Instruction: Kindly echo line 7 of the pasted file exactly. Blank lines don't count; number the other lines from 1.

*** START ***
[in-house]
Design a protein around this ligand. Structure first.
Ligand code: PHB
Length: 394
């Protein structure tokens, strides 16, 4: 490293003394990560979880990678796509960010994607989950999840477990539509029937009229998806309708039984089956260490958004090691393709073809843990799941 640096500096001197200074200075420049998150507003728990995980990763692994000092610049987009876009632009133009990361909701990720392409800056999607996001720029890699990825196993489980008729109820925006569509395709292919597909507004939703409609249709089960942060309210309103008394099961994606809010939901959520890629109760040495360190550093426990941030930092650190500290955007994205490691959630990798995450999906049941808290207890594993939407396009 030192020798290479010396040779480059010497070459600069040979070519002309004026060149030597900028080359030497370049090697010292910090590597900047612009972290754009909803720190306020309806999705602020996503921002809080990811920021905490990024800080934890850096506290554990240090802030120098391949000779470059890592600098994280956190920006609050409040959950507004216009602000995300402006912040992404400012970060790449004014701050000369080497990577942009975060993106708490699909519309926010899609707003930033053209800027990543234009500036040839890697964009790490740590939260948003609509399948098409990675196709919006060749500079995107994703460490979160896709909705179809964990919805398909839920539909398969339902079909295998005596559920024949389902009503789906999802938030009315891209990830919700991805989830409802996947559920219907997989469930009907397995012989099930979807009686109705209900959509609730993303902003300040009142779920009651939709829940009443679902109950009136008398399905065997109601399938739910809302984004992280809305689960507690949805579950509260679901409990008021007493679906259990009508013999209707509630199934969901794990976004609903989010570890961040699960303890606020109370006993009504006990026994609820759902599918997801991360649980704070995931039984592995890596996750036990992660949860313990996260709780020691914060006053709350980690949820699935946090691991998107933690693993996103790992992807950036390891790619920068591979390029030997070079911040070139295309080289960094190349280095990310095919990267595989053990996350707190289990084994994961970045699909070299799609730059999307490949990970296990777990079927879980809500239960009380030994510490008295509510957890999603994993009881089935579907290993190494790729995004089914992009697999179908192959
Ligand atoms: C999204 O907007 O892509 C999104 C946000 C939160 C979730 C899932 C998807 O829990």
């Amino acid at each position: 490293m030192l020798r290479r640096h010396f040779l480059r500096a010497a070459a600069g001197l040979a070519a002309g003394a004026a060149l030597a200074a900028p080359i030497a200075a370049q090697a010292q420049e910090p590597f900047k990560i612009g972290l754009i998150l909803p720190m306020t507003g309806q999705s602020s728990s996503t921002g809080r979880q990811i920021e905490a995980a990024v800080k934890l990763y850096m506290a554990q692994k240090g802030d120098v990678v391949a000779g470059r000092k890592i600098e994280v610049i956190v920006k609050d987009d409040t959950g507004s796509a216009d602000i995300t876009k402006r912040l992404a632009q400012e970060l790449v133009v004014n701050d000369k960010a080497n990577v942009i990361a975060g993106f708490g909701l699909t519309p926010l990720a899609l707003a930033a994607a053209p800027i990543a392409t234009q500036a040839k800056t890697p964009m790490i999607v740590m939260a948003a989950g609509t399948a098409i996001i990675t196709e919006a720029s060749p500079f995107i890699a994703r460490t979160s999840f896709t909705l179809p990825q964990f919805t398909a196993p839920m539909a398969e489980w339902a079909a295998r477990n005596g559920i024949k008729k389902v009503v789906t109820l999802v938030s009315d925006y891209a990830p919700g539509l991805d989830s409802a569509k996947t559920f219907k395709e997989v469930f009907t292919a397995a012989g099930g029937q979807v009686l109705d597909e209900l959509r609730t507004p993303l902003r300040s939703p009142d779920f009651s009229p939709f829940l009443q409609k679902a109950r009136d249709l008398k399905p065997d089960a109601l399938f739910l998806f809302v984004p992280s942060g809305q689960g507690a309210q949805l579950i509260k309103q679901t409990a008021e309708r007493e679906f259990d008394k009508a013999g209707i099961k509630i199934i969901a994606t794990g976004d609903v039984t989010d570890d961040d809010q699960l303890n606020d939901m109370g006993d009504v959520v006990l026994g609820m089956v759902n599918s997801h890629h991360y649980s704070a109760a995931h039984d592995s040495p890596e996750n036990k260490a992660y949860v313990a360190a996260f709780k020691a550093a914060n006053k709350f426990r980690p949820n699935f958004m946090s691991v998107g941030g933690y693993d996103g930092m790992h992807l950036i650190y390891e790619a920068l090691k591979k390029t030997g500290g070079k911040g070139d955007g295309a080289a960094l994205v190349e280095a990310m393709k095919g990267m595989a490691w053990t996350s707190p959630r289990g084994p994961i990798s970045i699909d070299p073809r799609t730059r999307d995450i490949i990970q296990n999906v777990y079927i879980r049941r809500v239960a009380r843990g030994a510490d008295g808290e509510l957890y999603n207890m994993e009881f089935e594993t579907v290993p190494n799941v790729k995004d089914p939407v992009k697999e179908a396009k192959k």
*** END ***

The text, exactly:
């Amino acid at each position: 490293m030192l020798r290479r640096h010396f040779l480059r500096a010497a070459a600069g001197l040979a070519a002309g003394a004026a060149l030597a200074a900028p080359i030497a200075a370049q090697a010292q420049e910090p590597f900047k990560i612009g972290l754009i998150l909803p720190m306020t507003g309806q999705s602020s728990s996503t921002g809080r979880q990811i920021e905490a995980a990024v800080k934890l990763y850096m506290a554990q692994k240090g802030d120098v990678v391949a000779g470059r000092k890592i600098e994280v610049i956190v920006k609050d987009d409040t959950g507004s796509a216009d602000i995300t876009k402006r912040l992404a632009q400012e970060l790449v133009v004014n701050d000369k960010a080497n990577v942009i990361a975060g993106f708490g909701l699909t519309p926010l990720a899609l707003a930033a994607a053209p800027i990543a392409t234009q500036a040839k800056t890697p964009m790490i999607v740590m939260a948003a989950g609509t399948a098409i996001i990675t196709e919006a720029s060749p500079f995107i890699a994703r460490t979160s999840f896709t909705l179809p990825q964990f919805t398909a196993p839920m539909a398969e489980w339902a079909a295998r477990n005596g559920i024949k008729k389902v009503v789906t109820l999802v938030s009315d925006y891209a990830p919700g539509l991805d989830s409802a569509k996947t559920f219907k395709e997989v469930f009907t292919a397995a012989g099930g029937q979807v009686l109705d597909e209900l959509r609730t507004p993303l902003r300040s939703p009142d779920f009651s009229p939709f829940l009443q409609k679902a109950r009136d249709l008398k399905p065997d089960a109601l399938f739910l998806f809302v984004p992280s942060g809305q689960g507690a309210q949805l579950i509260k309103q679901t409990a008021e309708r007493e679906f259990d008394k009508a013999g209707i099961k509630i199934i969901a994606t794990g976004d609903v039984t989010d570890d961040d809010q699960l303890n606020d939901m109370g006993d009504v959520v006990l026994g609820m089956v759902n599918s997801h890629h991360y649980s704070a109760a995931h039984d592995s040495p890596e996750n036990k260490a992660y949860v313990a360190a996260f709780k020691a550093a914060n006053k709350f426990r980690p949820n699935f958004m946090s691991v998107g941030g933690y693993d996103g930092m790992h992807l950036i650190y390891e790619a920068l090691k591979k390029t030997g500290g070079k911040g070139d955007g295309a080289a960094l994205v190349e280095a990310m393709k095919g990267m595989a490691w053990t996350s707190p959630r289990g084994p994961i990798s970045i699909d070299p073809r799609t730059r999307d995450i490949i990970q296990n999906v777990y079927i879980r049941r809500v239960a009380r843990g030994a510490d008295g808290e509510l957890y999603n207890m994993e009881f089935e594993t579907v290993p190494n799941v790729k995004d089914p939407v992009k697999e179908a396009k192959k």